Series: Gravediggers #1
Published by Pocket Books on May 23rd 2017
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Deacon Tucker is a dead man walking. A former black ops agent, he was disavowed and stripped of all honor before being recruited as a Gravedigger. But his honor and good name no longer matter, because no one knows he’s alive, and he’ll never get the recognition he deserves. His mission is simple: save the world or die trying. And for God’s sake, don’t ever fall in love. That’s a rule punishable by death. The kind of death a man can’t be brought back from.
Tess Sherman is the only mortician in Last Stop, Texas. She has no idea how Deacon Tucker ended up in her funeral home, but she’ll eat her hat if he’s only a funeral home assistant. Deacon is dangerous, deadly, and gorgeous. And she knows her attraction to him can only end in heartache.
Deacon is on a mission to stop the most fatal terror attack the world has ever known—what’s known as The Day of Destiny—a terrorist’s dream. But when he discovers Tess has skills he can use to stop them, he has to decide if he can trust her with secrets worth dying for. And, most important, he has to decide if he can trust her with his heart.
It takes an appreciation of macabre, black humour to like this book; thankfully the dry kind that I love can sort of easily be translated into a love for this kind of dark comedy.
In contrast to the sombre, almost-sinister cover which made me wonder if ‘The Darkest Corner’ was a murder mystery or a thriller, there’s quite a bit of wry, self-deprecating humour in this, as characters run the gamut from dark and shady to weird and mentally unstable. It’s eccentricity exemplified and probably not a story for people who love straight-out romantic suspense and hear-pounding thrillers but one that meanders and winds around the daily lives of Tess Sherman, her relatives and their ilk, while keeping a mysterious group of men called the Gravediggers who’ve died and come back to life, all in Tess’s back garden, so to speak.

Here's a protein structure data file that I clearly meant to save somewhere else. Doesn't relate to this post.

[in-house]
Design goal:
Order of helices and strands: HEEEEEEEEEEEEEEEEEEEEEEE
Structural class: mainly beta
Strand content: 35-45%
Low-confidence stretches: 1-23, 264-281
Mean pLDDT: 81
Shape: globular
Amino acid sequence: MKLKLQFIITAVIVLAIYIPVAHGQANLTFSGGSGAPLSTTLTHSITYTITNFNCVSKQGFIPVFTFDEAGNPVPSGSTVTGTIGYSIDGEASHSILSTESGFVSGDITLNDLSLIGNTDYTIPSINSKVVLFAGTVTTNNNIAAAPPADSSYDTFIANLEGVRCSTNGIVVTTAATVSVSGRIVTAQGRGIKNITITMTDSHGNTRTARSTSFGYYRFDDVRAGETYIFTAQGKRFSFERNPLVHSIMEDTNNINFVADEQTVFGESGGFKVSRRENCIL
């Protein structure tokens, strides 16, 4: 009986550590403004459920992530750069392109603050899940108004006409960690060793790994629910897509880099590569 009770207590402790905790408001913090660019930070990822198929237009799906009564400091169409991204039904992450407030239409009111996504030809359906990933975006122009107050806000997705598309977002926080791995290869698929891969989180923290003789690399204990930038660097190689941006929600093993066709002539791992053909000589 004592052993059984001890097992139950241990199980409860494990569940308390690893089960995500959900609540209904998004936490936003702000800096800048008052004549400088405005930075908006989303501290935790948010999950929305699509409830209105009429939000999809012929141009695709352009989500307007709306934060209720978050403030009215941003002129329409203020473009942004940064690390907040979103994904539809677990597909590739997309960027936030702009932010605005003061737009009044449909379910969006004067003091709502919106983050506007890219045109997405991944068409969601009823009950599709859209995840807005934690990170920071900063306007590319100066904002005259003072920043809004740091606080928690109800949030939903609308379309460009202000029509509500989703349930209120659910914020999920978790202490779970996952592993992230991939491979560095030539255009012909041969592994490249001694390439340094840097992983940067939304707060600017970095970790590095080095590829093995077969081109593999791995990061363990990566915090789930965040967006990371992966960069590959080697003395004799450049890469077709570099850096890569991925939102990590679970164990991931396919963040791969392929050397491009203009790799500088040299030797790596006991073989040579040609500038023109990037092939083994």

We’re given the odd life that Tess leads, right down to her babbling personality and the actual happenings in a funeral home, except that it’s suddenly populated by men whom she can’t understand, not least a mysterious leader named Deacon Tucker who never gives straight answers when she needs it. Her funeral home business is, unbeknownst to her, the perfect cover for what they do and Tess is slowly but surely waking up to things that go bump in the night—and not of the supernatural kind.
I’m reminded of 6-feet under in its morbid glory, with all the tangential, long descriptions of peripheral characters who add to the quirky mood of the story but not to the plot, which is surprisingly slow-going after the actual introduction to the Gravediggers. For the first half, I was entertained somewhat and undoubtedly en route to boredom, though the cloak-and-dagger conspiracy theories and the spy stuff did get interesting, interspersed with the small-town life that Liliana Hart tries to bring to life. Unsurprisingly, it was Deacon and his unhappy band of operators that captured my imagination, and I think we simply didn’t see enough of them in this book. I was straining the end of my leash for the action and suspense to begin, given that there is a real threat out there and it only materialised in the last quarter of it.
Hart however, has already written a potential series of books into this opener, with sufficient characters have enough depths to plumb until the daylight fades. So while I’m a little on the fence with this slow start, I’m nevertheless eager to dig deeper into this strange band of brothers. Just more of the action and the spooky spy-stuff please.